Samuel Marsden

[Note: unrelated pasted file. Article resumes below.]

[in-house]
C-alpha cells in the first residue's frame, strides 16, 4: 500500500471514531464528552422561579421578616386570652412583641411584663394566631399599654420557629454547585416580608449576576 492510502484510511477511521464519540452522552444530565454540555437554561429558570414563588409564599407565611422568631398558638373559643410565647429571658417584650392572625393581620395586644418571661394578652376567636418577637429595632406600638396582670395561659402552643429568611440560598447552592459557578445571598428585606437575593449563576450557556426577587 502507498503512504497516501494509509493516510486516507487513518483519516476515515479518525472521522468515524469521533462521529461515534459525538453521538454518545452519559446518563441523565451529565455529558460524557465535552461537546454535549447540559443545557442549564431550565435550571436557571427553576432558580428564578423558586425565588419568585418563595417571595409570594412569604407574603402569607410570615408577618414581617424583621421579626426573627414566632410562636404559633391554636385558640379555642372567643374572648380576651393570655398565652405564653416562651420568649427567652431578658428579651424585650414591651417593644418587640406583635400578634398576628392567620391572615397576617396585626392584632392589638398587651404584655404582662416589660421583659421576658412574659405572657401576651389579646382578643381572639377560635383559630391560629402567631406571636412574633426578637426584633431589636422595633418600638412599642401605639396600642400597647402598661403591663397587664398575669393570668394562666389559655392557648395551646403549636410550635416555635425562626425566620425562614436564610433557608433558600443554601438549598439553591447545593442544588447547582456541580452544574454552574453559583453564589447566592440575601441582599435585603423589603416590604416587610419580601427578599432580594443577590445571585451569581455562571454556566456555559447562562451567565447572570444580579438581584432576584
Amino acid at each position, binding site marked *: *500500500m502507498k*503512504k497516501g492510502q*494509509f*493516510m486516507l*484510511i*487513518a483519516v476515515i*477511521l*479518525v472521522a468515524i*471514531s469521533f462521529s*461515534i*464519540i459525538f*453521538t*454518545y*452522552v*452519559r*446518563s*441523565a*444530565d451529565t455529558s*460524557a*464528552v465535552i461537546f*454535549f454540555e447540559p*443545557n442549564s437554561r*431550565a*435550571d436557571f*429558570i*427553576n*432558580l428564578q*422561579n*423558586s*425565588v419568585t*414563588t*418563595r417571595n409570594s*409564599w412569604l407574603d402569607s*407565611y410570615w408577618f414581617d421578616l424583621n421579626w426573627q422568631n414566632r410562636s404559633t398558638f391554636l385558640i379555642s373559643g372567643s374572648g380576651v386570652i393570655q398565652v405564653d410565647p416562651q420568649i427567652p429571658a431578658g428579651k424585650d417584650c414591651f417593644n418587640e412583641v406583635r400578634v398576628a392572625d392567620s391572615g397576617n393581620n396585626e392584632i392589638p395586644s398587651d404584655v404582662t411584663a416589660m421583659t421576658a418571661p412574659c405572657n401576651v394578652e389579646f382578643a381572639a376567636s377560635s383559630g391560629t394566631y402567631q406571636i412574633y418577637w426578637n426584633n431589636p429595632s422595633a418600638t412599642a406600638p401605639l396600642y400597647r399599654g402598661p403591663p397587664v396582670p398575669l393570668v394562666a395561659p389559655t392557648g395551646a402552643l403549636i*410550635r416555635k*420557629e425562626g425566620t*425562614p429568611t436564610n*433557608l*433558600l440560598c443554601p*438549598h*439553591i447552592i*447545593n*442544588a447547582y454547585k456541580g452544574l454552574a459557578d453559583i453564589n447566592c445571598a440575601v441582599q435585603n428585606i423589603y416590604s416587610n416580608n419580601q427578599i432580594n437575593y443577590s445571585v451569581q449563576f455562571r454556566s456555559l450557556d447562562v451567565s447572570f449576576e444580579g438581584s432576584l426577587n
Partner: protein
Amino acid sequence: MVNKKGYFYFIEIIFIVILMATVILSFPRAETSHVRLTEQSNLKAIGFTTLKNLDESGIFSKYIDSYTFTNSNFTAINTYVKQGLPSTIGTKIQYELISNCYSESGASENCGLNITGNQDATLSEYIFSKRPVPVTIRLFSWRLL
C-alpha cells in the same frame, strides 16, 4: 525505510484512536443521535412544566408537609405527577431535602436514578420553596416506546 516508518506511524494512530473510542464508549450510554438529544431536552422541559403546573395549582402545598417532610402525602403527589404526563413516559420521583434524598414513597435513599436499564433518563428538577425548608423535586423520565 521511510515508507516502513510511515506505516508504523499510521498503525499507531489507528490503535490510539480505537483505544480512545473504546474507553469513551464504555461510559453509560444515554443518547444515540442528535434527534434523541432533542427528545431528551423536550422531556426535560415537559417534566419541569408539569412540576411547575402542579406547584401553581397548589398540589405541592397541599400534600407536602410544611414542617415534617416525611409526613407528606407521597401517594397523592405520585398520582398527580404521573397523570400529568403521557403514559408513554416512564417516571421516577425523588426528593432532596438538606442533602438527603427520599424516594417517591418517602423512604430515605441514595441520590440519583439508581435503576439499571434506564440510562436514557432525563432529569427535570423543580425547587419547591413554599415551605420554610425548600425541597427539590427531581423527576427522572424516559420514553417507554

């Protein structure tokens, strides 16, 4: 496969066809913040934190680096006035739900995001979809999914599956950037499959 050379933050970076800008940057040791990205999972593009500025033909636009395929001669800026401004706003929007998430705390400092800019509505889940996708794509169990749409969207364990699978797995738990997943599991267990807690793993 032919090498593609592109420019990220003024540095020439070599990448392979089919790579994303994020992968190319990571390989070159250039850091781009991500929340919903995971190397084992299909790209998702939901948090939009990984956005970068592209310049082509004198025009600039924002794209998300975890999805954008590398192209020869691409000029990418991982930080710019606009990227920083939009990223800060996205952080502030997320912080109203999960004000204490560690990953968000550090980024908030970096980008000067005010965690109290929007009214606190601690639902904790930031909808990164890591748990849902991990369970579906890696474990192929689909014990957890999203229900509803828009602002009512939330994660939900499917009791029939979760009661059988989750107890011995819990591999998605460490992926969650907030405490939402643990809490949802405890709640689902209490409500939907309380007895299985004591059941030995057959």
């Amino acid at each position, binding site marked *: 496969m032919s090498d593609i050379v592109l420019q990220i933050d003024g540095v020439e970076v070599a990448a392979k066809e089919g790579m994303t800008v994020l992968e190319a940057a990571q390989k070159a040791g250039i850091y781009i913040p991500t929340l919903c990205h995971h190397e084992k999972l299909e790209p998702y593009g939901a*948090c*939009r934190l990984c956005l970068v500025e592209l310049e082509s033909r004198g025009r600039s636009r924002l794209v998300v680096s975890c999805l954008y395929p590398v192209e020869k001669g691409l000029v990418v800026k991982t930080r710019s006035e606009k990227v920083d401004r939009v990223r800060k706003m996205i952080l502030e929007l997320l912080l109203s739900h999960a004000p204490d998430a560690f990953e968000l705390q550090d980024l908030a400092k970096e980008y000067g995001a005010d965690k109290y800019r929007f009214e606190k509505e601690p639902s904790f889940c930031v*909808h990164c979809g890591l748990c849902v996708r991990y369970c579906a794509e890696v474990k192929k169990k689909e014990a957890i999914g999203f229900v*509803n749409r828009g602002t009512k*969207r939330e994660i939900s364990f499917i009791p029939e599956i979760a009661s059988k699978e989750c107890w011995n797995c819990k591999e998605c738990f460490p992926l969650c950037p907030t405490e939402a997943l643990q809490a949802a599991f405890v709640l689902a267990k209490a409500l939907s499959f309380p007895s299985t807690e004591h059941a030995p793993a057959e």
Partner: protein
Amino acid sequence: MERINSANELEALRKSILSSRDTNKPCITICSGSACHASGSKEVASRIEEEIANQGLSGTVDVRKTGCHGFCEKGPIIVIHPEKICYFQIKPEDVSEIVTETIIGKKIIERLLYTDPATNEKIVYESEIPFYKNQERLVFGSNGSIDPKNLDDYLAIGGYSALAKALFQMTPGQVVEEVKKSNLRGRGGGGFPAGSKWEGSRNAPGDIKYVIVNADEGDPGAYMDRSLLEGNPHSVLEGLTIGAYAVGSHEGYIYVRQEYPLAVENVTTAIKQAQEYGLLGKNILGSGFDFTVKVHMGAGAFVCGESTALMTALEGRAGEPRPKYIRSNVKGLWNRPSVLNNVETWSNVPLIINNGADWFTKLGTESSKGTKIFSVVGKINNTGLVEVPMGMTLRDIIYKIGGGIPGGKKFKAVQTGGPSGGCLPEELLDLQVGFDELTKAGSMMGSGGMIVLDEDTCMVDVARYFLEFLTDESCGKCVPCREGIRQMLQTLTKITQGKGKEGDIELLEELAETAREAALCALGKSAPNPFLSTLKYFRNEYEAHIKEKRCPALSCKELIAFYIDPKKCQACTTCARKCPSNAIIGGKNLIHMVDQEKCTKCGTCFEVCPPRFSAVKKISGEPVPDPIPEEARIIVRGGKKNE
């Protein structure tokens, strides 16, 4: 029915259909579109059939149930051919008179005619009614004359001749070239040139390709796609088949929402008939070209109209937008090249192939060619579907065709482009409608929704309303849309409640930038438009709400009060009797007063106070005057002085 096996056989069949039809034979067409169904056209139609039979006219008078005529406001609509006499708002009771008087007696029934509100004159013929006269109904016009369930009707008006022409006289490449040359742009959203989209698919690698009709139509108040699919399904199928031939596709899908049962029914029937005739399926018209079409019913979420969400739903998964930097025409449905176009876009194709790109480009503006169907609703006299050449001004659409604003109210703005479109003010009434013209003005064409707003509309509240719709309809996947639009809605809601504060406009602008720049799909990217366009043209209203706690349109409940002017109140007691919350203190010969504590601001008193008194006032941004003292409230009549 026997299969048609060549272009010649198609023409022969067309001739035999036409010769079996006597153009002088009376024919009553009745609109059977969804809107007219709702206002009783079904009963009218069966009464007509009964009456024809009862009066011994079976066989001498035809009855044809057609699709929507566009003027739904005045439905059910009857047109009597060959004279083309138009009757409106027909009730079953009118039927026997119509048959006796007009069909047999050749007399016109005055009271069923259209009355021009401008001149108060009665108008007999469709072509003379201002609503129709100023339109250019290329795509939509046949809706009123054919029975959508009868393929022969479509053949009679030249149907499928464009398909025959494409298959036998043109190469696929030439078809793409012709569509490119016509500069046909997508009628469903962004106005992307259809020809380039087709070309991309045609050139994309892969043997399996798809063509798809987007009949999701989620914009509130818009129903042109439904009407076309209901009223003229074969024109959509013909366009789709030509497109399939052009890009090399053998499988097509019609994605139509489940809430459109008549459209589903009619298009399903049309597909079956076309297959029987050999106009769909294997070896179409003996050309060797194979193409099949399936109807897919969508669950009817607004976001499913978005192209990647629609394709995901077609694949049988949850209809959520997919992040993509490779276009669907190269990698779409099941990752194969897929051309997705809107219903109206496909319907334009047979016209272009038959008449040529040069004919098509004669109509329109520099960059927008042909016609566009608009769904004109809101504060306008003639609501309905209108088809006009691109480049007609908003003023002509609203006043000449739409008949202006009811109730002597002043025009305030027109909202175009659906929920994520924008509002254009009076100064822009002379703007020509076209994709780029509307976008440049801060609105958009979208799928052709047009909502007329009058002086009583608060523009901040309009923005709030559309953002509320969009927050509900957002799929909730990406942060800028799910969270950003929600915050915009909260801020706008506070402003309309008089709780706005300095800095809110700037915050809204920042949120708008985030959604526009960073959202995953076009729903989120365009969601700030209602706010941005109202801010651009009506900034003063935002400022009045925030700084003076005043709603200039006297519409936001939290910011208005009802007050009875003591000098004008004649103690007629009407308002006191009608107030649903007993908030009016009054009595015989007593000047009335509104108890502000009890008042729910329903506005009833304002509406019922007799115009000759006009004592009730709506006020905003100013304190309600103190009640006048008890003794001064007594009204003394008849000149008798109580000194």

1764-1838. Anglican chaplain to the convict colony of New South Wales. He was educated at Magdalene College, Cambridge, but at the suggestion of William Wilberforce* left for Australia without taking his degree. He arrived in Sydney in 1794 and was stationed at Parramatta, where he remained until his death. On the departure of Richard Johnson* in 1800 he was the only chaplain in the colony, and in 1810 he became senior chaplain after a visit to England to recruit others. Marsden's activities have been the subject of much controversy. Like most officials in the colony, he took up farming, and his very success occasioned comment. On appointment as a magistrate he gained a reputation for severity scarcely excused by the character of the colony. There is no evidence that he neglected parish duties and church affairs. He is famous as the founder of the mission to the Maoris of New Zealand under the Church Missionary Society. He preached the first sermon in New Zealand in 1814 and made seven journeys in support of the infant mission, often at his own expense. He did much too to establish the Evangelical character of the Church of England in Sydney.